So here, dear ladies and gentlemen of Cintegabelle, is my rescue plan, conceived in the utmost urgency and which I unhesitatingly declare to be of national utility, since by proposing to restore the luster of speech in the eyes of a world that has forgotten how to speak, it aims at nothing less than the civic renewal of our country and the polishing of its image so that, I’m catching my breath, so that, strong in its recovered prestige, the France of tomorrow may assure throughout the world the civilizing mission that has fallen to her from time immemorial. Might I ask you, children, to please stop snickering. And to stop moving your chairs around. It’s irritating.

The subtle art of conversation, however—to which, I venture to say, I have devoted my genius—offers, aside from that patriotic virtue I have just mentioned, other advantages no less excellent albeit less directly civic. And which to my astonishment have not yet been the object of any detailed study.

The first of these advantages is that conversation is very useful for seducing women.

The second is that it’s even handier for succeeding in society.

The third and most surprising is that in bringing joy to mankind, it contributes appreciably to reducing the deficit of the National Health Service. A subject of satisfaction for our government.


Lydie Salvayre

In the interest of clarity, my lecture will scrupulously observe each step of the following outline, which I ask you to please keep in mind.

Part One: The advantages of conversation, already noted, and upon which we will elaborate with a most mathematical rigor.

Part Two: Those conditions favorable to the flowering of conversation, which are ten in number:

—the presence of at least two persons;

—the comfort of the derrière;

—the ability to keep silent;




—the principle of equality;

—a sense of proportion;

—an insouciant disregard for time;


Part Three: Five examples of conversation selected from among the most common categories:

—amorous conversation;

—literary conversation;

—political conversation;

—patriotic conversation;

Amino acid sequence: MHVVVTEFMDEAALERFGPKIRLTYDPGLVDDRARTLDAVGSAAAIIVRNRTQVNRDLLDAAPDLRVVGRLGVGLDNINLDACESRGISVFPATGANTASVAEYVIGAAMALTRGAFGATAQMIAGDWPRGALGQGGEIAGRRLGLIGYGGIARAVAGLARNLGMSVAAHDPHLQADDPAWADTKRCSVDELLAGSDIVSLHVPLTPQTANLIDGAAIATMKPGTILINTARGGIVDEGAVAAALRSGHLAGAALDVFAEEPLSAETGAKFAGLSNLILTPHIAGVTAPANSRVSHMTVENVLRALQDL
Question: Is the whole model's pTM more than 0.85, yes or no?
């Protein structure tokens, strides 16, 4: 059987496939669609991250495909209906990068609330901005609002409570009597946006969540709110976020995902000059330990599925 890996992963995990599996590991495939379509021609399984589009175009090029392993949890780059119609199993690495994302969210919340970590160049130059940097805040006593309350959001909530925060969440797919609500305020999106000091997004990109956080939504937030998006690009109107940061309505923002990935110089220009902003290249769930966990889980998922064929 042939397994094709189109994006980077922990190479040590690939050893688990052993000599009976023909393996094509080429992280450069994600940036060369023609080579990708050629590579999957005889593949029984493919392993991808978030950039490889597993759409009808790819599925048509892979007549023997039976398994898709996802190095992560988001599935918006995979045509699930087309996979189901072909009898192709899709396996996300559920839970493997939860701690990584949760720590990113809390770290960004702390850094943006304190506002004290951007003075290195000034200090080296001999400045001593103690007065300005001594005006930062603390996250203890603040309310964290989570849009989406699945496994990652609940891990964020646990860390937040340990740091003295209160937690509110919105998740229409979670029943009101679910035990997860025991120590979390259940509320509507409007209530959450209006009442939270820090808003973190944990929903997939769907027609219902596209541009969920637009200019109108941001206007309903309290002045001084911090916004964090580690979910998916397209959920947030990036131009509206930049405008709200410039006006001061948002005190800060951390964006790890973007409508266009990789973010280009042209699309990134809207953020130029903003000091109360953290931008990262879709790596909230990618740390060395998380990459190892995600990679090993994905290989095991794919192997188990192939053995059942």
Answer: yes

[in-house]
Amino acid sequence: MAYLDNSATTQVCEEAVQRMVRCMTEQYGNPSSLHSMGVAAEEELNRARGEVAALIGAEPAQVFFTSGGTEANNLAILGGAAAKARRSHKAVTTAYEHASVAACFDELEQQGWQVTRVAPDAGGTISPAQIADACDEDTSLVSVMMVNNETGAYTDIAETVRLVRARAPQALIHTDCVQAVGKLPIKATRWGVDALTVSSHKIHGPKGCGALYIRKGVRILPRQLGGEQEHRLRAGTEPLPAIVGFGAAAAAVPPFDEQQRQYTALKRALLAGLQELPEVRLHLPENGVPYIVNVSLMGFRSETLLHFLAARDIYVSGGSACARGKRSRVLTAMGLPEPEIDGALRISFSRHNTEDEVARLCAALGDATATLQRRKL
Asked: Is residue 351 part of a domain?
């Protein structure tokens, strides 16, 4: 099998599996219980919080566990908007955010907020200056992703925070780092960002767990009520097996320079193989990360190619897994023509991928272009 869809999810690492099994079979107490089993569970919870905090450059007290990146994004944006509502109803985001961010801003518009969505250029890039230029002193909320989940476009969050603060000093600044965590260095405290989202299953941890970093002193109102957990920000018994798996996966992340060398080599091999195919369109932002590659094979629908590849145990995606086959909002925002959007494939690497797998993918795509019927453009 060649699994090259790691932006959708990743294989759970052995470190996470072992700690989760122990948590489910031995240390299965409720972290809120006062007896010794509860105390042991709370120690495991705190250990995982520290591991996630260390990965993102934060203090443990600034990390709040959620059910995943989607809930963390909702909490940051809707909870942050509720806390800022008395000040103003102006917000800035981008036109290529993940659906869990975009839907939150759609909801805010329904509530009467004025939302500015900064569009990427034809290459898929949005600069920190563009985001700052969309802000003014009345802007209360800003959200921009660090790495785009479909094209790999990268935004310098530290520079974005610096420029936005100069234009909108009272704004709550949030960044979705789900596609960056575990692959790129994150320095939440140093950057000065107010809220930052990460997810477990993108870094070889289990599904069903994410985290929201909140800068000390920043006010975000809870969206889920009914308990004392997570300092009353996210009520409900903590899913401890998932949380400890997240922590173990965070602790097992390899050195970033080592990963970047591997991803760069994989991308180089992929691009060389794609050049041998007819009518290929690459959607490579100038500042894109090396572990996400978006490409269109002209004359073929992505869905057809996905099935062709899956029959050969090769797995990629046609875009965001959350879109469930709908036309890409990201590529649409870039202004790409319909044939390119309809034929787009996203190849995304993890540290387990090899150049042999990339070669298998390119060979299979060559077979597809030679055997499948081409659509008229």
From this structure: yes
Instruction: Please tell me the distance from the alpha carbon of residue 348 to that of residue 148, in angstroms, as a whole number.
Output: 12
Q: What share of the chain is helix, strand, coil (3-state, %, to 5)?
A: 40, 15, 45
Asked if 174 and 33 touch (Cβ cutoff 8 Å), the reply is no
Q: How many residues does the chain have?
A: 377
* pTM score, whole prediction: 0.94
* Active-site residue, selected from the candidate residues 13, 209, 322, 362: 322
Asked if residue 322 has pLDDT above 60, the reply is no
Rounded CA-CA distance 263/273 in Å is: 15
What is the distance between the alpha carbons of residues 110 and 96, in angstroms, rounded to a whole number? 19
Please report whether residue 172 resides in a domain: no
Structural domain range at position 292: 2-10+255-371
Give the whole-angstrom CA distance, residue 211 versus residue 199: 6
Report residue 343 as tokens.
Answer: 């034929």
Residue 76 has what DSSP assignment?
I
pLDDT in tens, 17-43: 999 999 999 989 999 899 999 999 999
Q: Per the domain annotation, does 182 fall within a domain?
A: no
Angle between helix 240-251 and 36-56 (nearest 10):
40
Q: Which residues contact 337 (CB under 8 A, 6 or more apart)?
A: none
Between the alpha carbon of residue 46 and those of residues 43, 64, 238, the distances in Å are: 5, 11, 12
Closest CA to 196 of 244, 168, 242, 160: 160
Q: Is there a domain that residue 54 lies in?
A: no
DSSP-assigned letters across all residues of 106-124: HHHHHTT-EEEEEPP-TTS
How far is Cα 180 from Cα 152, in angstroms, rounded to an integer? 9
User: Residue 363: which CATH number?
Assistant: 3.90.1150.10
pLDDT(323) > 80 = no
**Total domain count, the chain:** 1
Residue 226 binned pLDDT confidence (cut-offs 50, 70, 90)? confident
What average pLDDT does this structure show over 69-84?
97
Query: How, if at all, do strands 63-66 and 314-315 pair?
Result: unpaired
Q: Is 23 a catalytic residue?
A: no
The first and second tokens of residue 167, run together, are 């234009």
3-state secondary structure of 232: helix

—conversation with the dead.

The whole thing enlivened by a number of axioms with which I am not at all displeased. I’m rather fond of axions.


So, Part One: The advantages of conversation.

The first of the advantages of conversation, as I was saying, and not the least of them, is that conversation always finds remarkable favor with women. Every last one of them goes into raptures before a clever conversationalist, be he cross-eyed, pot-bellied, warty, a journalist, or deformed. Take me: noticeably ill-favored, with big ears, and a cowlick I spend hours plastering down, I was an immediate hit with Lucienne (a woman impervious to poetry and little given to linguistic acrobatics) the second I began to babble. And I must confess that my verbal vivacity and florid declarations (I commanded, at the time, a whole battery of tricks, classified by genre) did more to lift up her redoubtable skirt than any fumbling gesture I’d never have dared make anyway. I wasn’t that stupid. And kew for a fact that


women’s genitals communicate with their ears.


If, gentlemen—for it is to you, men of Cintegabelle, that I speak—if nevertheless you prove unable to resist the summons of the flesh, if you are seized with the desire to place your hand on the knee of an altogether too concupiscible woman, I urge you most emphatically: under no circumstances interrupt your harangue. Without ceasing to chatter, keep gaining ground. Advance stealthily and with ingratiating ploys. Like the sinuous serpent of desire. Pursue your reputation garlanded with pretty turns of phrase. In perfect synchrony, lay compliments at her feet and hands on her modesty. From poems to promises, from promises to prattle, you will proceed without mishap to the inevitable place. Once there, stop talking! Pounce!

The second advantage of conversation concerns in particular those scheming, bloodthirsty youths who crave a brilliant career in the Arts and Letters. You will find such young men everywhere, and our town is no exception.